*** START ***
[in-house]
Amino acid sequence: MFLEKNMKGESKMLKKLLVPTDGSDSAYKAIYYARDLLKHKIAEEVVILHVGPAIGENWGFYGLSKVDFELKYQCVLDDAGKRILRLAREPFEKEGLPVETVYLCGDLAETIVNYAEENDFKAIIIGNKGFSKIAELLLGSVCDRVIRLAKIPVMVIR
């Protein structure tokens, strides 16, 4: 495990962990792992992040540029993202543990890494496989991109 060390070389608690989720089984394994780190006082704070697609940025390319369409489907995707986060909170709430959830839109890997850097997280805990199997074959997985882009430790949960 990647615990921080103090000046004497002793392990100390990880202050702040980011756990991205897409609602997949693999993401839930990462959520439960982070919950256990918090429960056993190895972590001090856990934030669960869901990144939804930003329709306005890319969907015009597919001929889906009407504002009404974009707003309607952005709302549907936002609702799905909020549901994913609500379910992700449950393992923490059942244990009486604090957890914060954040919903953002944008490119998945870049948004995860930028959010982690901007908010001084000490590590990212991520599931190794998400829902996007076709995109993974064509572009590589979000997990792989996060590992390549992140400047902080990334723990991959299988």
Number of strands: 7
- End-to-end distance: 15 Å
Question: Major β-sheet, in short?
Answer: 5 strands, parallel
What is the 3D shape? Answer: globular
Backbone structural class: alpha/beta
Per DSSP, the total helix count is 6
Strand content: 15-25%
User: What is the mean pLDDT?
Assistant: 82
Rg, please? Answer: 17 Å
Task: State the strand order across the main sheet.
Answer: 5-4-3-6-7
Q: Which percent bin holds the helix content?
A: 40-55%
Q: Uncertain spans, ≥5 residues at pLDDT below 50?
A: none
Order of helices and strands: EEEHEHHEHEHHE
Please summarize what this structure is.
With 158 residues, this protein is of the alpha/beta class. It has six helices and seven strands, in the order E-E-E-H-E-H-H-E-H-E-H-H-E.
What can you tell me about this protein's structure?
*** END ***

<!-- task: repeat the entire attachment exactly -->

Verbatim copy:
[in-house]
Amino acid sequence: MFLEKNMKGESKMLKKLLVPTDGSDSAYKAIYYARDLLKHKIAEEVVILHVGPAIGENWGFYGLSKVDFELKYQCVLDDAGKRILRLAREPFEKEGLPVETVYLCGDLAETIVNYAEENDFKAIIIGNKGFSKIAELLLGSVCDRVIRLAKIPVMVIR
């Protein structure tokens, strides 16, 4: 495990962990792992992040540029993202543990890494496989991109 060390070389608690989720089984394994780190006082704070697609940025390319369409489907995707986060909170709430959830839109890997850097997280805990199997074959997985882009430790949960 990647615990921080103090000046004497002793392990100390990880202050702040980011756990991205897409609602997949693999993401839930990462959520439960982070919950256990918090429960056993190895972590001090856990934030669960869901990144939804930003329709306005890319969907015009597919001929889906009407504002009404974009707003309607952005709302549907936002609702799905909020549901994913609500379910992700449950393992923490059942244990009486604090957890914060954040919903953002944008490119998945870049948004995860930028959010982690901007908010001084000490590590990212991520599931190794998400829902996007076709995109993974064509572009590589979000997990792989996060590992390549992140400047902080990334723990991959299988």
Number of strands: 7
- End-to-end distance: 15 Å
Question: Major β-sheet, in short?
Answer: 5 strands, parallel
What is the 3D shape? Answer: globular
Backbone structural class: alpha/beta
Per DSSP, the total helix count is 6
Strand content: 15-25%
User: What is the mean pLDDT?
Assistant: 82
Rg, please? Answer: 17 Å
Task: State the strand order across the main sheet.
Answer: 5-4-3-6-7
Q: Which percent bin holds the helix content?
A: 40-55%
Q: Uncertain spans, ≥5 residues at pLDDT below 50?
A: none
Order of helices and strands: EEEHEHHEHEHHE
Please summarize what this structure is.
With 158 residues, this protein is of the alpha/beta class. It has six helices and seven strands, in the order E-E-E-H-E-H-H-E-H-E-H-H-E.
What can you tell me about this protein's structure?